A bill being considered by the New Jersey Legislature would expand the range of damages that could be awarded under our state’s Wrongful Death Act. If passed into law, it would increase insurance premiums for all New Jersey residents by making lawsuits more expensive and difficult to settle.
S1766, which is being sponsored by Sens. Scutari and Gill, would expand New Jersey’s Wrongful Death Act to allow unlimited recovery for emotional damages. Scutari, who chairs the Judiciary Committee, refused to hear testimony before having the bill voted out of committee.
NJCJI president and chief counsel, Alida Kass, was quoted in the New Jersey Law Journal explaining our opposition to the bill:
“The existing [act] works well and already provides for fair and predictable compensation. Changing the scope of wrongful death remedies to include purely emotional damages, like mental anguish and pain and suffering, would introduce considerable uncertainty, making cases more difficult to settle, and imposing significant new risk and increased insurance premiums on all New Jersey residents…
“[T]he existing methodology also ensures clarity and certainty—the approach is well-established and honed through years of developing case law,” Kass said. “And by taking the purely emotional aspects out of the calculation, the methodology permits the ready valuation of cases, which is essential to reaching settlements.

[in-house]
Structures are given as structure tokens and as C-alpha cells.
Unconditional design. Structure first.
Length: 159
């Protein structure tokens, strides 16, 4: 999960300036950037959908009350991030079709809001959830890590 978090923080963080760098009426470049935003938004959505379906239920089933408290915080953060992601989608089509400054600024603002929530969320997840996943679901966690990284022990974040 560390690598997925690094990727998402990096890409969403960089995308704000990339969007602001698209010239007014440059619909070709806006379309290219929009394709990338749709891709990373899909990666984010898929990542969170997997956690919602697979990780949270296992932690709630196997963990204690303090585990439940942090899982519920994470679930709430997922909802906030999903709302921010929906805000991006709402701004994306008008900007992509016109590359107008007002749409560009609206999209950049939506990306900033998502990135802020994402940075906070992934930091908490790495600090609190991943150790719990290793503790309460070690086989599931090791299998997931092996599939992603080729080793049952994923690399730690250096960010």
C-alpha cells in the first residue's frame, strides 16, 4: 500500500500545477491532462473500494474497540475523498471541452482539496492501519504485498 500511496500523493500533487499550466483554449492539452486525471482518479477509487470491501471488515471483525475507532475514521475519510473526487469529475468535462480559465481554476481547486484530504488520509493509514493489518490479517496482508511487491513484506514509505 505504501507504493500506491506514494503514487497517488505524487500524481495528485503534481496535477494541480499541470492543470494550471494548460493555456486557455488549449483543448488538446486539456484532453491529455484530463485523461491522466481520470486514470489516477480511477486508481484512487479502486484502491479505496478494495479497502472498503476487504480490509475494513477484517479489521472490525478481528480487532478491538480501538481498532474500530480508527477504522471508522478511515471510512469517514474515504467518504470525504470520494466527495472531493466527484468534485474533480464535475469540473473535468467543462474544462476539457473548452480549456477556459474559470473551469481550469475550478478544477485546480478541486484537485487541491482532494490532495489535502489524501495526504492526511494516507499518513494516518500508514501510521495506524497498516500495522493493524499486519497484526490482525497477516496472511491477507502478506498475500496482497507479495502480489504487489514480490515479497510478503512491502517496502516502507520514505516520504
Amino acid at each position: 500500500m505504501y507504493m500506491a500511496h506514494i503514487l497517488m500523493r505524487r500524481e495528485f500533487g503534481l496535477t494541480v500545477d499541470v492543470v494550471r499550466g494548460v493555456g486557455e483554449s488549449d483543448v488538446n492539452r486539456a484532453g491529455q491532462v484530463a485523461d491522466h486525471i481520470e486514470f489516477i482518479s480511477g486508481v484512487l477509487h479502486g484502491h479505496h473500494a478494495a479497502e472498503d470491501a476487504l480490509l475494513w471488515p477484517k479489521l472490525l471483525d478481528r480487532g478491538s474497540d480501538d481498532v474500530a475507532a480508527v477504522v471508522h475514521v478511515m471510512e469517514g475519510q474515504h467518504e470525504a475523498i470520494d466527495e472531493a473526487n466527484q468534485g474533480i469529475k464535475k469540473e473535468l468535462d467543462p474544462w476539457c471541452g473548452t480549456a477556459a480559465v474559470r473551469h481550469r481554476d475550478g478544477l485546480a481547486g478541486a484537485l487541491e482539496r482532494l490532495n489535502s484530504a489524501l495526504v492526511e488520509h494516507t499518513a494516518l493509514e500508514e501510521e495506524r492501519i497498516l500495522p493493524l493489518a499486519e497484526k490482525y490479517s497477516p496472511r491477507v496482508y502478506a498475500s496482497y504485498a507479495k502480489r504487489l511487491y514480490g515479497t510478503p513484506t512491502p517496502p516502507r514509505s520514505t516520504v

“Changing the rules to permit awards for what is essentially unquantifiable would undo that fairness and predictability,” she said.
The change would also significantly increase the risk and burden on all New Jersey residents. People carry insurance because they recognize that a momentary lapse of judgment can sometimes result in tragic, completely unintended consequences. Everyone benefits from being able to insure against the financial consequences of such a tragic event. Exposing New Jersey residents to an open-ended and unpredictable risk of liability would mean a significant increase in premiums, and still no guarantee that they have adequate protection against a massive jury verdict.
There is no amount of money that can fully compensate for the lost life of a loved one. The best that the civil justice system can do is compensate the quantifiable losses – something the existing Wrongful Death Act already does very well. Ask for more than the system can reasonably provide, and we lose the predictability and basic fairness that we largely take for granted. The primary effect will simply be higher premiums, with a largely uninsurable risk that a momentary mistake results in life-altering financial calamity.